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The Syntax of Meaning and the Meaning of Syntax

The Syntax of Meaning and the Meaning of Syntax

By: Peter Kosta

This book provides a summary of Radical Minimalism, putting forth a neurocognitively implementable theory of grammar as I-language. Radical Minimalism tries to give a ‘fully explicit’ description of syntactic structures mapped into cognitive frames of thought. It focuses on the division of labor between Narrow Syntax and Meaningful Units of the sentence and also on the role of Mental Lexicon (understood as a selection of Roots and Labels), the Labeling Mechanism, and the participation of the Senso-Motoric and Conceptual-Intentional Interfaces within a Crash-proof Grammar of Human Language. The data are taken from the languages of different genetic origins and types. The book is based on the idea that language and thought are closely connected and must be studied within the physical laws of the Anti-Entropy and Dynamical Frustration theory.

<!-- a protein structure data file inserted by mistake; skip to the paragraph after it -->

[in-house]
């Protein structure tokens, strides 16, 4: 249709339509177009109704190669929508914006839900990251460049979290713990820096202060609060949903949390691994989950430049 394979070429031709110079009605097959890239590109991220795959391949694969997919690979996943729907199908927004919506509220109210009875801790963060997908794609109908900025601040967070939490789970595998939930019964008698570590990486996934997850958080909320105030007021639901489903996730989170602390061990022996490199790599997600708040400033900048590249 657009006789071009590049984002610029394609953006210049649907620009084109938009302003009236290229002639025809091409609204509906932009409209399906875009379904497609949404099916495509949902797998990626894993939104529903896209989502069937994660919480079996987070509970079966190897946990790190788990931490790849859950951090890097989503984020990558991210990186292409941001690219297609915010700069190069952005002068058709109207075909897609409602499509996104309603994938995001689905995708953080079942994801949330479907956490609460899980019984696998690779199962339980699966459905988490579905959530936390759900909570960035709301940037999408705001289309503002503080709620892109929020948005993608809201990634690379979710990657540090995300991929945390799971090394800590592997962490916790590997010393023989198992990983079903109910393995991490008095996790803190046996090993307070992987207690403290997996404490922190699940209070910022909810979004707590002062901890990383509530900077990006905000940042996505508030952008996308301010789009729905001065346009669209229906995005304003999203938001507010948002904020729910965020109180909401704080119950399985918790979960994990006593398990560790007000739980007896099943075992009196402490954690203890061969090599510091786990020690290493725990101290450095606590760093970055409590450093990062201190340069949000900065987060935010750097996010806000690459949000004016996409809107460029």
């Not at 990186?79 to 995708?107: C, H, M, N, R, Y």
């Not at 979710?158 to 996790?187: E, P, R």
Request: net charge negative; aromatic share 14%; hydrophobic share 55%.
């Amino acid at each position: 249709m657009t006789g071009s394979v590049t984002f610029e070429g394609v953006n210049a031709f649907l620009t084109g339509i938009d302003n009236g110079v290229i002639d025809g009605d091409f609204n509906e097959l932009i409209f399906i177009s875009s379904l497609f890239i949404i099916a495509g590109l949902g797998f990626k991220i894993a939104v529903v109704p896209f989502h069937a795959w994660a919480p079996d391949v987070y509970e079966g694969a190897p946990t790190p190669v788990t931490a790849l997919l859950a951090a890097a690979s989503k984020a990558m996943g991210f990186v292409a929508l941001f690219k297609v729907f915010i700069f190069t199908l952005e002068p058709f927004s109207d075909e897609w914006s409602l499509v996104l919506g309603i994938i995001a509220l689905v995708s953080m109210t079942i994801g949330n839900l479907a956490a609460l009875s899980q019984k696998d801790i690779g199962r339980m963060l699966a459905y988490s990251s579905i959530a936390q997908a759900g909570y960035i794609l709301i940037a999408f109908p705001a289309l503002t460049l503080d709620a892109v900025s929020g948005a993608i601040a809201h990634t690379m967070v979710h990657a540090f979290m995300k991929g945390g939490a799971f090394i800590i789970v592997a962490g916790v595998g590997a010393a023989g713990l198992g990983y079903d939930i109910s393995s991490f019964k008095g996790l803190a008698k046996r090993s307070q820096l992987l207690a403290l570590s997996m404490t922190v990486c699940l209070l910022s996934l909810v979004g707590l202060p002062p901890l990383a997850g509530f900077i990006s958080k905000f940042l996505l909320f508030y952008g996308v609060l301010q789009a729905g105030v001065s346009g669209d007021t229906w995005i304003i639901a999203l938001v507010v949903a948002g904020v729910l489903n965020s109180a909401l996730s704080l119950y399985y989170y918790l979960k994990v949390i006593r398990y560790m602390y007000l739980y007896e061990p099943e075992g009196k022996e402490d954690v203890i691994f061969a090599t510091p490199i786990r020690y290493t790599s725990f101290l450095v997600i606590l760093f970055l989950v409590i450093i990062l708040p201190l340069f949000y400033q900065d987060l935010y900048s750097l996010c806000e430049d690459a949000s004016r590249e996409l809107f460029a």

Peter Kosta’s new book touches on an exceptional range of subjects in theoretical syntax and the philosophy of grammar, bearing ample proof of his lifelong engagement with these vital disciplines within the humanities of the 20th/21st centuries. His acute awareness of important insights and discussions in current day minimalism is evident from every page, informing his treatment of a wide diversity of problems in the morphosyntax of Slavic languages and beyond.
(Jan-Wouter Zwart, University of Groningen)
This book provides a breath of fresh air in linguistic theorising by combining empirically based syntactic innovations with original discussions of long-standing semantic puzzles and a revised architecture of the Faculty of Language. Foundational notions in generative theory are thoroughly revised in the light of detailed comparative analyses. This remarkable work represents the culmination of years of research on what meaning is, how it is structured, and to what extent syntax encodes meaning.